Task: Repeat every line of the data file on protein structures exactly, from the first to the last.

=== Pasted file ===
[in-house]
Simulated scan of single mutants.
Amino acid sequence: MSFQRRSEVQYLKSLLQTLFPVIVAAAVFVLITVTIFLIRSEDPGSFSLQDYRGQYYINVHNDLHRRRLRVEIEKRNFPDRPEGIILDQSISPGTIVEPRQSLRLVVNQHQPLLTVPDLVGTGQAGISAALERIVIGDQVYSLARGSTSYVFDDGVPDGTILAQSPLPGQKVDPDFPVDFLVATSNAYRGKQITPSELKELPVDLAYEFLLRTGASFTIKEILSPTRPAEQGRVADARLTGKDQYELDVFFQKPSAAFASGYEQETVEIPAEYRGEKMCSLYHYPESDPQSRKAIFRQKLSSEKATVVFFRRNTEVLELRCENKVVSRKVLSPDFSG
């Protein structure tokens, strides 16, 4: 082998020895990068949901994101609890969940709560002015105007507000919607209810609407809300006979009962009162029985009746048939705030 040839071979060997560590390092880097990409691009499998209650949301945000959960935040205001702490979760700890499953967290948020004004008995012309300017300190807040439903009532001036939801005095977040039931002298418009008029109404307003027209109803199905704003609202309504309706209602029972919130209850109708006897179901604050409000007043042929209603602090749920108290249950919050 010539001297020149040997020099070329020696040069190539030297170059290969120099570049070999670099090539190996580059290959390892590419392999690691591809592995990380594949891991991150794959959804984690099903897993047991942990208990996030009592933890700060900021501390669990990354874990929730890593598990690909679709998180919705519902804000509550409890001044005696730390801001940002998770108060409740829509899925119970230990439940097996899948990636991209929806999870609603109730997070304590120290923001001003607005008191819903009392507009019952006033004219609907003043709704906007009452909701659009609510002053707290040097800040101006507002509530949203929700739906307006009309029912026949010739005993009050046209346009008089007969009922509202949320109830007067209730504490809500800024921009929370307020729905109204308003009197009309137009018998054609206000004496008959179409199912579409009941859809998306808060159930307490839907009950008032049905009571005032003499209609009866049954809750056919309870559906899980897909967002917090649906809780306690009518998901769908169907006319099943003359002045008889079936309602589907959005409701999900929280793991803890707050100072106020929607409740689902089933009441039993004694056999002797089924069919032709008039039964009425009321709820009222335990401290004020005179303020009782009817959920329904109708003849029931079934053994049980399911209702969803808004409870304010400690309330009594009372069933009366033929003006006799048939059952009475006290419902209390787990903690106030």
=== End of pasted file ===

[in-house]
Simulated scan of single mutants.
Amino acid sequence: MSFQRRSEVQYLKSLLQTLFPVIVAAAVFVLITVTIFLIRSEDPGSFSLQDYRGQYYINVHNDLHRRRLRVEIEKRNFPDRPEGIILDQSISPGTIVEPRQSLRLVVNQHQPLLTVPDLVGTGQAGISAALERIVIGDQVYSLARGSTSYVFDDGVPDGTILAQSPLPGQKVDPDFPVDFLVATSNAYRGKQITPSELKELPVDLAYEFLLRTGASFTIKEILSPTRPAEQGRVADARLTGKDQYELDVFFQKPSAAFASGYEQETVEIPAEYRGEKMCSLYHYPESDPQSRKAIFRQKLSSEKATVVFFRRNTEVLELRCENKVVSRKVLSPDFSG
């Protein structure tokens, strides 16, 4: 082998020895990068949901994101609890969940709560002015105007507000919607209810609407809300006979009962009162029985009746048939705030 040839071979060997560590390092880097990409691009499998209650949301945000959960935040205001702490979760700890499953967290948020004004008995012309300017300190807040439903009532001036939801005095977040039931002298418009008029109404307003027209109803199905704003609202309504309706209602029972919130209850109708006897179901604050409000007043042929209603602090749920108290249950919050 010539001297020149040997020099070329020696040069190539030297170059290969120099570049070999670099090539190996580059290959390892590419392999690691591809592995990380594949891991991150794959959804984690099903897993047991942990208990996030009592933890700060900021501390669990990354874990929730890593598990690909679709998180919705519902804000509550409890001044005696730390801001940002998770108060409740829509899925119970230990439940097996899948990636991209929806999870609603109730997070304590120290923001001003607005008191819903009392507009019952006033004219609907003043709704906007009452909701659009609510002053707290040097800040101006507002509530949203929700739906307006009309029912026949010739005993009050046209346009008089007969009922509202949320109830007067209730504490809500800024921009929370307020729905109204308003009197009309137009018998054609206000004496008959179409199912579409009941859809998306808060159930307490839907009950008032049905009571005032003499209609009866049954809750056919309870559906899980897909967002917090649906809780306690009518998901769908169907006319099943003359002045008889079936309602589907959005409701999900929280793991803890707050100072106020929607409740689902089933009441039993004694056999002797089924069919032709008039039964009425009321709820009222335990401290004020005179303020009782009817959920329904109708003849029931079934053994049980399911209702969803808004409870304010400690309330009594009372069933009366033929003006006799048939059952009475006290419902209390787990903690106030």